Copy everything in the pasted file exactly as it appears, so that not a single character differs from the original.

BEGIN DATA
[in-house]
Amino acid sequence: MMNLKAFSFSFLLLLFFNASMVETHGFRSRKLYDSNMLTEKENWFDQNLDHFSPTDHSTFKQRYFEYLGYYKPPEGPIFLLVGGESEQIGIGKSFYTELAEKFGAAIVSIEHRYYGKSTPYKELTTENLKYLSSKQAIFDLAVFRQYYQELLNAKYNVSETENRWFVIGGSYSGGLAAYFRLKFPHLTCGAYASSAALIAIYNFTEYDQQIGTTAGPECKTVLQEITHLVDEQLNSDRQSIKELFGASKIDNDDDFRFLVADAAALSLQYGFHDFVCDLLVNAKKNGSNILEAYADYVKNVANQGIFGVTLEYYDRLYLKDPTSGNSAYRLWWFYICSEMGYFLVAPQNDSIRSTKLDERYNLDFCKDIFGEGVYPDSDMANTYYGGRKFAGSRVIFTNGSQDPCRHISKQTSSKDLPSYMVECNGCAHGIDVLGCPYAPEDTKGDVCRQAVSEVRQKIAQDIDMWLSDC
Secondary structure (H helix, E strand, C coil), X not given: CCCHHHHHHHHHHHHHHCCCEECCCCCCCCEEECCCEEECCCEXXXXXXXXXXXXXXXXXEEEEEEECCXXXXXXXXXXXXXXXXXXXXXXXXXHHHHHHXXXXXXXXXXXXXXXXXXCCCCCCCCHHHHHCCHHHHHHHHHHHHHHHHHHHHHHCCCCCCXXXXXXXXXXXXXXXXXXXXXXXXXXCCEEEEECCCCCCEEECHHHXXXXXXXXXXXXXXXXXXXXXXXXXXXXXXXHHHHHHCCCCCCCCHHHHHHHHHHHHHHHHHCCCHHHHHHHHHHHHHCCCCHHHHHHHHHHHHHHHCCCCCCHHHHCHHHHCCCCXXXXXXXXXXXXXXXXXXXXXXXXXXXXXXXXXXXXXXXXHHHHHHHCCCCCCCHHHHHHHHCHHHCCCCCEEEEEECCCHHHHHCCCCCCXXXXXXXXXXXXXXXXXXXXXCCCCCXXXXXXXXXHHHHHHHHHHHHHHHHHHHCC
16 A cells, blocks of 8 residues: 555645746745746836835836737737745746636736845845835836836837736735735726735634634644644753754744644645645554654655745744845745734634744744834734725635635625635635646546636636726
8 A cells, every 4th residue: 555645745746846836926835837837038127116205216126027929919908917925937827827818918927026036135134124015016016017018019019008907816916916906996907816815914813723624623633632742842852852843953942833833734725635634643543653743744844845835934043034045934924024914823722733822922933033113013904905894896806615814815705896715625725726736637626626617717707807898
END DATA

[in-house]
Amino acid sequence: MMNLKAFSFSFLLLLFFNASMVETHGFRSRKLYDSNMLTEKENWFDQNLDHFSPTDHSTFKQRYFEYLGYYKPPEGPIFLLVGGESEQIGIGKSFYTELAEKFGAAIVSIEHRYYGKSTPYKELTTENLKYLSSKQAIFDLAVFRQYYQELLNAKYNVSETENRWFVIGGSYSGGLAAYFRLKFPHLTCGAYASSAALIAIYNFTEYDQQIGTTAGPECKTVLQEITHLVDEQLNSDRQSIKELFGASKIDNDDDFRFLVADAAALSLQYGFHDFVCDLLVNAKKNGSNILEAYADYVKNVANQGIFGVTLEYYDRLYLKDPTSGNSAYRLWWFYICSEMGYFLVAPQNDSIRSTKLDERYNLDFCKDIFGEGVYPDSDMANTYYGGRKFAGSRVIFTNGSQDPCRHISKQTSSKDLPSYMVECNGCAHGIDVLGCPYAPEDTKGDVCRQAVSEVRQKIAQDIDMWLSDC
Secondary structure (H helix, E strand, C coil), X not given: CCCHHHHHHHHHHHHHHCCCEECCCCCCCCEEECCCEEECCCEXXXXXXXXXXXXXXXXXEEEEEEECCXXXXXXXXXXXXXXXXXXXXXXXXXHHHHHHXXXXXXXXXXXXXXXXXXCCCCCCCCHHHHHCCHHHHHHHHHHHHHHHHHHHHHHCCCCCCXXXXXXXXXXXXXXXXXXXXXXXXXXCCEEEEECCCCCCEEECHHHXXXXXXXXXXXXXXXXXXXXXXXXXXXXXXXHHHHHHCCCCCCCCHHHHHHHHHHHHHHHHHCCCHHHHHHHHHHHHHCCCCHHHHHHHHHHHHHHHCCCCCCHHHHCHHHHCCCCXXXXXXXXXXXXXXXXXXXXXXXXXXXXXXXXXXXXXXXXHHHHHHHCCCCCCCHHHHHHHHCHHHCCCCCEEEEEECCCHHHHHCCCCCCXXXXXXXXXXXXXXXXXXXXXCCCCCXXXXXXXXXHHHHHHHHHHHHHHHHHHHCC
16 A cells, blocks of 8 residues: 555645746745746836835836737737745746636736845845835836836837736735735726735634634644644753754744644645645554654655745744845745734634744744834734725635635625635635646546636636726
8 A cells, every 4th residue: 555645745746846836926835837837038127116205216126027929919908917925937827827818918927026036135134124015016016017018019019008907816916916906996907816815914813723624623633632742842852852843953942833833734725635634643543653743744844845835934043034045934924024914823722733822922933033113013904905894896806615814815705896715625725726736637626626617717707807898